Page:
DAMASCUS, July 31, 2011 (AFP) - Syrian forces killed nearly 140 people on Sunday including 100 when the army stormed the flashpoint protest city of Hama to crush dissent on the eve of Ramadan, activists said.
Activists said it was one of deadliest days in Syria since demonstrators first took to the streets on March 15 demanding democratic reforms before turning their wrath on the regime and calling for its ouster.
As reports of the brutal crackdown on Hama unfurled, Britain, Germany, France, Italy and Turkey condemned the violence while a US diplomat said it was "full-on warfare".
"It is one of the deadliest days" since the protests erupted, said Rami Abdel Rahman, the head of the Britain-based Syrian Observatory for Human Rights.
Death tolls provided by the Observatory and other human rights groups showed at least 136 people were killed across Syria, most of them falling in Hama.
"One hundred civilians were killed on Sunday in Hama by gunfire from security forces who accompanied the army as it stormed the city," said Abdel Karim Rihawi, head of the Syrian League for the Defence of Human Rights.
Rihawi said five other people were killed in the central city of Homs and three more in the northwestern province of Idlib when security forces opened fire on protesters who rallied in support of Hama.
The head of the National Organisation for Human Rights, Ammar Qorabi, put the Hama death toll at 95. The Observatory's Abdel Rahman said 47 people were killed in and around the central city but the toll could rise.
"The number of those wounded is huge and hospitals cannot cope, particularly because we lack the adequate equipment," Abdel Rahman quoted a Hama hospital source as saying.
Abdel Rahman said the crackdown on Hama came after more than 500,000 people rallied in the city on Friday following Muslim prayers during which a cleric told the congregation "the regime must go."
Activists also reported deaths in Deir Ezzor, Syria's main gas- and oil-production hub in the east which has become a rallying point for protests along with Hama.
At least 19 people were killed in Deir Ezzor, six in Herak in the south, and one in Al-Bukamal in the east, said Qorabi, adding most of those shot in Deir Ezzor were "hit in the head and the neck" by snipers.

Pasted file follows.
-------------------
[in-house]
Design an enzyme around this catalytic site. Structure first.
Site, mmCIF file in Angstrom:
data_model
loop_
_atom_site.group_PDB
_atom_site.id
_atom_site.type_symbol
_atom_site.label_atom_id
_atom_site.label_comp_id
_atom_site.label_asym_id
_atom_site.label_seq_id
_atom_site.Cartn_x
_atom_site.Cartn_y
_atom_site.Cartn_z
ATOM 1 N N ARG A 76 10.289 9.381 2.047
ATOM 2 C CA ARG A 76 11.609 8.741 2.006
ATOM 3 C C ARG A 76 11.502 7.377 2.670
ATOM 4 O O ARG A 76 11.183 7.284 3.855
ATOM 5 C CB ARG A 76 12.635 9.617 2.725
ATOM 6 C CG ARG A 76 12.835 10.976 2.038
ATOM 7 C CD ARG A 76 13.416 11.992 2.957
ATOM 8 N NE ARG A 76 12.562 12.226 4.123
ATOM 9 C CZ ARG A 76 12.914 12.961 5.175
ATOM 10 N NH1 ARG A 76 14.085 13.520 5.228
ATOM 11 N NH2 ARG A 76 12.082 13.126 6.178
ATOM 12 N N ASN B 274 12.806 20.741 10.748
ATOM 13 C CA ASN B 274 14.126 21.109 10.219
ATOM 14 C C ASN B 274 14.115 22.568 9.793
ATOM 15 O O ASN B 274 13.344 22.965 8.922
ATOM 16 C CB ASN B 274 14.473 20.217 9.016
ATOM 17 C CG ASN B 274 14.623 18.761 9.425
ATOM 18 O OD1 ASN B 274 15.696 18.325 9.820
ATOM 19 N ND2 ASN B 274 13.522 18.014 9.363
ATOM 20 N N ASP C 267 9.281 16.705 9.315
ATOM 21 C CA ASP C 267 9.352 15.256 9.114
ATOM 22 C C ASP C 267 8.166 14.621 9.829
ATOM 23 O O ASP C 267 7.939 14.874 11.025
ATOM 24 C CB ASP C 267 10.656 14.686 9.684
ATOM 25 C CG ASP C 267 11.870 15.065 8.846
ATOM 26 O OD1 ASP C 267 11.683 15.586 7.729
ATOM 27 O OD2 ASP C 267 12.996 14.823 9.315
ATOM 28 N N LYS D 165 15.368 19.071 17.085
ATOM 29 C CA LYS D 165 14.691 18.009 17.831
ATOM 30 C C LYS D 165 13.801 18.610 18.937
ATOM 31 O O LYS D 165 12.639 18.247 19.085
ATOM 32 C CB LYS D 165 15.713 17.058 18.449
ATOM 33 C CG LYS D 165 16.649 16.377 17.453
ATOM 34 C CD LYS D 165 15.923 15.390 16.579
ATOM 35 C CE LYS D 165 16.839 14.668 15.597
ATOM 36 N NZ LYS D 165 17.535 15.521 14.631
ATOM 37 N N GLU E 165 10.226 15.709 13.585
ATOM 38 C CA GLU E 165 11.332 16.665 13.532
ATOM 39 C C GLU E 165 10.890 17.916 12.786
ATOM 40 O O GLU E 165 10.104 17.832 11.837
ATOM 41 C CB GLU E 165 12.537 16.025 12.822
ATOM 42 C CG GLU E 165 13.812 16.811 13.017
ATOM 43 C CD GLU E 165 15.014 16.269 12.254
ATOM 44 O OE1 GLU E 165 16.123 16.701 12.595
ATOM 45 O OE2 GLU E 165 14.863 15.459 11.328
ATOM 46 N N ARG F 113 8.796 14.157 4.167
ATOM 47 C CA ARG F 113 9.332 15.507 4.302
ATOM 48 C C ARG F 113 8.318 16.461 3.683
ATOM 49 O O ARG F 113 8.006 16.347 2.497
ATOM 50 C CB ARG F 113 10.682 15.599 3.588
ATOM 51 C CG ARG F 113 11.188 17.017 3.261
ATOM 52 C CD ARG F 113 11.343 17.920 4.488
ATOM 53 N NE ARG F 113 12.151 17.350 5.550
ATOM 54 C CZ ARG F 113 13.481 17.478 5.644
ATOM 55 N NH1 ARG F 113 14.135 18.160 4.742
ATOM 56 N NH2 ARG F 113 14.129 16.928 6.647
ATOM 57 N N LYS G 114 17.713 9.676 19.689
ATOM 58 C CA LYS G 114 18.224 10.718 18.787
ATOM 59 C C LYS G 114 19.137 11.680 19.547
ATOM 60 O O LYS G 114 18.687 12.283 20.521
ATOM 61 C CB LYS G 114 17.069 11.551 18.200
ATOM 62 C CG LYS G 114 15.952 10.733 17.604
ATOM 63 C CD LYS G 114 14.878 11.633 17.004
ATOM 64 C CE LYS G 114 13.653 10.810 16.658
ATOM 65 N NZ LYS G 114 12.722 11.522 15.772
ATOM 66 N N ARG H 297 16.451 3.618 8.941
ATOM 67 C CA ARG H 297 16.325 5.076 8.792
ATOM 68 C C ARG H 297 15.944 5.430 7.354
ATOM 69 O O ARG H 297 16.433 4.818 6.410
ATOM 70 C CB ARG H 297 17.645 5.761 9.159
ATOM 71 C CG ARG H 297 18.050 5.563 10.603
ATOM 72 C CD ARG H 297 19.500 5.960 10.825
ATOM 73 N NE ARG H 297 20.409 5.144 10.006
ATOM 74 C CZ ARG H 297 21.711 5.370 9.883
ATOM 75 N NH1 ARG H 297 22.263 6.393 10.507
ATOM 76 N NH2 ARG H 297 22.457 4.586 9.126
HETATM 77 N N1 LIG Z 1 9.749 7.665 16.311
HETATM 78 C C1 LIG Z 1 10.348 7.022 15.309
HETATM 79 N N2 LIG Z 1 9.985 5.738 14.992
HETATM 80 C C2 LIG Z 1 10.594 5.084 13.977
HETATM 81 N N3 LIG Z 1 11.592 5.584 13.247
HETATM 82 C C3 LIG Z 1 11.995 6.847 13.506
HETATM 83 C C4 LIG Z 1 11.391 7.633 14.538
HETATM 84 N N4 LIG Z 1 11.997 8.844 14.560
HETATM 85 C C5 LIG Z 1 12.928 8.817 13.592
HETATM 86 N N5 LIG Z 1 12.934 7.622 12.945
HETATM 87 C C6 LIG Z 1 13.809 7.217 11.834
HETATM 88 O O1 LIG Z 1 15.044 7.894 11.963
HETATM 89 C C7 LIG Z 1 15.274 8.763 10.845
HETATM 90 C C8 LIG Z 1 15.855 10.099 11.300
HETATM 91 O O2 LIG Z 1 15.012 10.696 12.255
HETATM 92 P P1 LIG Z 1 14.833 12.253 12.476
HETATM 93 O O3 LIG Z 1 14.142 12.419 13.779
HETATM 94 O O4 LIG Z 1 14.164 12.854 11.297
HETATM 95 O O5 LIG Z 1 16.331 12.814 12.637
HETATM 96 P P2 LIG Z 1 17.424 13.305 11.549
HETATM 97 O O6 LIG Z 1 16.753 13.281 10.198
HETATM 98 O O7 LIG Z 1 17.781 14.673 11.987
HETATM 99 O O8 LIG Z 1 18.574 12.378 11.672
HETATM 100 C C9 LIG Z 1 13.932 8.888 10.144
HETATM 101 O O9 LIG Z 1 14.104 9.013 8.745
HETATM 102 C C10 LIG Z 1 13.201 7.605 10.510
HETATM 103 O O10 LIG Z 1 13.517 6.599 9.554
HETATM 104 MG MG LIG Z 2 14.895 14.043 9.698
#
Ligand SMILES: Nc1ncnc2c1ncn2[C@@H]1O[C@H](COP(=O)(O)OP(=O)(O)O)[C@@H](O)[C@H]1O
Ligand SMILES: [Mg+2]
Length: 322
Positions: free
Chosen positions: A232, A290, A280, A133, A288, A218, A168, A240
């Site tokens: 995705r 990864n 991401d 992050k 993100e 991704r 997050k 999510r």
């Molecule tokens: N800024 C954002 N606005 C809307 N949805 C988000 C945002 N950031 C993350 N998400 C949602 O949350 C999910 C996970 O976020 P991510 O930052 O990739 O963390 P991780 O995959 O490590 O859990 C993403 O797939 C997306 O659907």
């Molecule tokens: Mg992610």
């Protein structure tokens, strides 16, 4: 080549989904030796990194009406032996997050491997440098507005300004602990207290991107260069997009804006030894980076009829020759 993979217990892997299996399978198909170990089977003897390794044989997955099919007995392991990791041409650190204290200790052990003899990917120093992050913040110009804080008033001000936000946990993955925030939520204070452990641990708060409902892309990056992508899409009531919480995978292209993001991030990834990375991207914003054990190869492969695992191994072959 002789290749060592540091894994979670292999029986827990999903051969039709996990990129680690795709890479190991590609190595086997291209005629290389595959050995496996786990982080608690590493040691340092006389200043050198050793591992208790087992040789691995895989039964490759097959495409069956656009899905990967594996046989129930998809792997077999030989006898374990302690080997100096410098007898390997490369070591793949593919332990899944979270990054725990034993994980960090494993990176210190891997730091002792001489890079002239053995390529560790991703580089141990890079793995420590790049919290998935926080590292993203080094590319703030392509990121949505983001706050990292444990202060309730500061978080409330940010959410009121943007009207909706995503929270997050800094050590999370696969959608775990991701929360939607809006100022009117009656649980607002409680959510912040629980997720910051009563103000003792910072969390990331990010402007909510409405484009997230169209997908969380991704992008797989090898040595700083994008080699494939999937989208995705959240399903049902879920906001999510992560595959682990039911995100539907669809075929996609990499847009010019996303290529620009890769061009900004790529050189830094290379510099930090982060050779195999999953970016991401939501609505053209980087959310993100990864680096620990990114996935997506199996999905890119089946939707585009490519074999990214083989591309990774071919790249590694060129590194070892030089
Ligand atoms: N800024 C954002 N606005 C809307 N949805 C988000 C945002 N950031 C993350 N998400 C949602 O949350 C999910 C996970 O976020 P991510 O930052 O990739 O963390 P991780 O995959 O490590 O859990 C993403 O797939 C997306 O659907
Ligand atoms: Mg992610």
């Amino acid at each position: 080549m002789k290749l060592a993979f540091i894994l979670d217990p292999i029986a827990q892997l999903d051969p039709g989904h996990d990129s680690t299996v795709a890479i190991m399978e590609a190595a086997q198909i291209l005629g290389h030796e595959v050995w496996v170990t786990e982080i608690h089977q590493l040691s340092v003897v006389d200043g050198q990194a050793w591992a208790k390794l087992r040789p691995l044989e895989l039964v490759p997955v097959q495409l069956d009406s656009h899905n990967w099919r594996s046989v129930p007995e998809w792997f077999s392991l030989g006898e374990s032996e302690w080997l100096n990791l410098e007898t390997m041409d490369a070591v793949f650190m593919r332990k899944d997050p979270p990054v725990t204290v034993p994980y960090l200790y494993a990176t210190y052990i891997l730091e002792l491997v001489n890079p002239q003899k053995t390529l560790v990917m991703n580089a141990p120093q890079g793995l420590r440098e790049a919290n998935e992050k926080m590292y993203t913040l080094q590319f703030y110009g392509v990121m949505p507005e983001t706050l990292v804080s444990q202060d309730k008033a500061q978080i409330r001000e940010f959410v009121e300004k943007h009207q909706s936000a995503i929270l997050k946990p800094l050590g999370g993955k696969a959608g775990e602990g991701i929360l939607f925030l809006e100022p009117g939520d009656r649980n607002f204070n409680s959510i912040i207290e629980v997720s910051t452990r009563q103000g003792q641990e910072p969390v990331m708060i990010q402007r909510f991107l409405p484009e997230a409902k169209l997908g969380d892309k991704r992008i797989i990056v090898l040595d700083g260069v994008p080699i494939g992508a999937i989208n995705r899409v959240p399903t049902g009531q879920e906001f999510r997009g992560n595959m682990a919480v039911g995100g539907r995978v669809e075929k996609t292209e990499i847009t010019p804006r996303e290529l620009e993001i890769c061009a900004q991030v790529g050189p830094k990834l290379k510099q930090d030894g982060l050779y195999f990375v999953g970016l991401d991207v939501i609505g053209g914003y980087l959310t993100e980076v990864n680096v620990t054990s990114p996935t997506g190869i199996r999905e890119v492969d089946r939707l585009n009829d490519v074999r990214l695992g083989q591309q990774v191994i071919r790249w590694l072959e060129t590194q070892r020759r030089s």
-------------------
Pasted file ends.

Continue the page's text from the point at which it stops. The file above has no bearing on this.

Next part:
-- "Syria is bleeding" --
The Syrian Revolution 2011, an Internet group that has been a driving force behind the protests, urged demonstrators to gather nationwide after Ramadan "taraweeh" evening prayers later Sunday "for retaliation protests."
"Syria is bleeding" it said.
Western powers condemned the violence amid warnings from Berlin and Paris of fresh sanctions against the regime of President Bashar al-Assad.
US President Barack Obama said Sunday he was "appalled by the Syrian government's use of violence and brutality against its own people".
In a statement, Obama saluted demonstrators who have taken to the streets as "courageous" and said Syria "will be a better place when a democratic transition goes forward."
Earlier, a US diplomat in Damascus told BBC World Service radio that the violence in Hama amounted to "full-on warfare" and a final act of desperation.
"There is one big armed gang in Syria, and it's named the Syrian government," said JJ Harder, the press attache at the American embassy in Damascus.
The Syrian authorities have consistently accused "armed gangs" and fundamentalist Salafist Muslims of stirring the unrest and aiming to sow chaos in the Sunni-majority country.
But other Western powers joined in the condemnation of the latest protester killings.
Germany threatened to new sanctions on Damascus along with its EU partners, France warned Syria's leaders "will have to answer for their deeds," and Italy called the Hama crackdown "the latest horrible act of violent repression."
Criticism also came from neighbour Turkey, which said it was "deeply saddened and disappointed... by the current developments on the eve of holy month of Ramadan."
Residents in Hama said the army entered the city with tanks at around 6:00 am (0300 GMT) before gunfire erupted, in an apparent operation to wrest back control after security forces withdrew almost two months ago.
The official SANA news agency charged that gunmen shot dead two security forces in Hama while a colonel and two soldiers were "martyred" in Deir Ezzor.
SANA said the gunmen torched police stations and attacked private and public property in Hama, adding soldiers tore down barricades and checkpoints set up by the armed men at the city's entrance.
Abdel Rahman said the army also launched an operation against Muadhamiya in the Damascus region at dawn, "with tanks blocking the southern, eastern and western entrances to the town".
The Syrian League for the Defence of Human Rights reported more than 300 people detained in Muadhamiya.
Also arrested was Bagara tribal chief and opposition figure Nawwaf Ragheb al-Bashir, who was seized on Saturday in Deir Ezzor, according to the Syrian League.
The Observatory reported demonstrations in the central city of Homs and along the Aleppo-Damascus highway -- which residents cut off in several points -- to protest against the Hama crackdown.
In 1982, an estimated 20,000 people were killed in Hama when the army put down an Islamist revolt against the rule of Assad's late father, Hafez.
The president replaced the governor of Hama after a record 500,000 protesters rallied in the opposition bastion on July 1 calling for the fall of the regime.
At least 1,583 civilians and 369 members of the army and security forces have been killed since mid-March in Syria, according to the Observatory.